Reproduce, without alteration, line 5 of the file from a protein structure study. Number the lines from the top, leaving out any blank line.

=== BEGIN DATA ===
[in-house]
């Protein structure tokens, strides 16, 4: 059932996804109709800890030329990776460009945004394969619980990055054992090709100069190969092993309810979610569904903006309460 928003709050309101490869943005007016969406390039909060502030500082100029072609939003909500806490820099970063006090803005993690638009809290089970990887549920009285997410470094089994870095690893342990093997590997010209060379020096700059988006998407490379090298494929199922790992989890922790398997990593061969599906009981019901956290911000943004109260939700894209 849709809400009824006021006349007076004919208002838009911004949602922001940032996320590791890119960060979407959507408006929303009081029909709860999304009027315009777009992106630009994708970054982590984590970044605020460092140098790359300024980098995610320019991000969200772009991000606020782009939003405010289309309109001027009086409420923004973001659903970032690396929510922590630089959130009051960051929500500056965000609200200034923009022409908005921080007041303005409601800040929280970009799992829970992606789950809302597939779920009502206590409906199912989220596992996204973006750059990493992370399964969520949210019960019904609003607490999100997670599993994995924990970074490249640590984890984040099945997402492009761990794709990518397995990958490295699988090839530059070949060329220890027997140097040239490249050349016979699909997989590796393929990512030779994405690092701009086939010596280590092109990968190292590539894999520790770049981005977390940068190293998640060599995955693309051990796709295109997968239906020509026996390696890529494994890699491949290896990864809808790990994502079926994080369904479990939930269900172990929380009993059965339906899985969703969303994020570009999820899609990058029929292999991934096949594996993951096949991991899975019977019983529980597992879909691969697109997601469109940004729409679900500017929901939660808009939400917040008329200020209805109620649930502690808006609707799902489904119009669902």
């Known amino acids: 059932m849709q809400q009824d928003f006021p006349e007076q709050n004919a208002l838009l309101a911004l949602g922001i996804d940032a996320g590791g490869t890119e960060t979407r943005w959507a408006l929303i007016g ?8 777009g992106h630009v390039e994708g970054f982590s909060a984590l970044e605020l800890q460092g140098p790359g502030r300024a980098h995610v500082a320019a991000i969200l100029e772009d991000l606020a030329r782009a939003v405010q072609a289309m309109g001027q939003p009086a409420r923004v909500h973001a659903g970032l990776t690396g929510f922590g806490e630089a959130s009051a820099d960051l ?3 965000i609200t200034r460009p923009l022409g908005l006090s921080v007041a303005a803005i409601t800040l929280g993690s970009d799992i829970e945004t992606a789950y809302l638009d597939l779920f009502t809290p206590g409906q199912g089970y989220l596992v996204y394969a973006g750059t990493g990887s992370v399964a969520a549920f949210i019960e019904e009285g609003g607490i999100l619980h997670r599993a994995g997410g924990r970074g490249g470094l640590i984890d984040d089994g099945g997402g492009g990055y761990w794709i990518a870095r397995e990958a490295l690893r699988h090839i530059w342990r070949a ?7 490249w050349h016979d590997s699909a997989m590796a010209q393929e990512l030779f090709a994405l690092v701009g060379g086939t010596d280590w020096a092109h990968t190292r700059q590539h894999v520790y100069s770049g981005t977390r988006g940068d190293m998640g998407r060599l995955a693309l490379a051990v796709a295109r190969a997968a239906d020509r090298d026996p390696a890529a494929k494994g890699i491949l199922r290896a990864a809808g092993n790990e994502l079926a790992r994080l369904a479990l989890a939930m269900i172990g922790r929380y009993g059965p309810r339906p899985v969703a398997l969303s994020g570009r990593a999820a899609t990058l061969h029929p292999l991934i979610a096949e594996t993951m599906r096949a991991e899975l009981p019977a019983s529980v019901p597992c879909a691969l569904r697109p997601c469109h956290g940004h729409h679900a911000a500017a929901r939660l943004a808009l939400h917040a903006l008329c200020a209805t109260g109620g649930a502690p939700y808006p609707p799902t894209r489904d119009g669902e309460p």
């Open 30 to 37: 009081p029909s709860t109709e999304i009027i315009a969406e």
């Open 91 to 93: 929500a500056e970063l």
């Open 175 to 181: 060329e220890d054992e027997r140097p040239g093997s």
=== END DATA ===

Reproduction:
């Open 91 to 93: 929500a500056e970063l």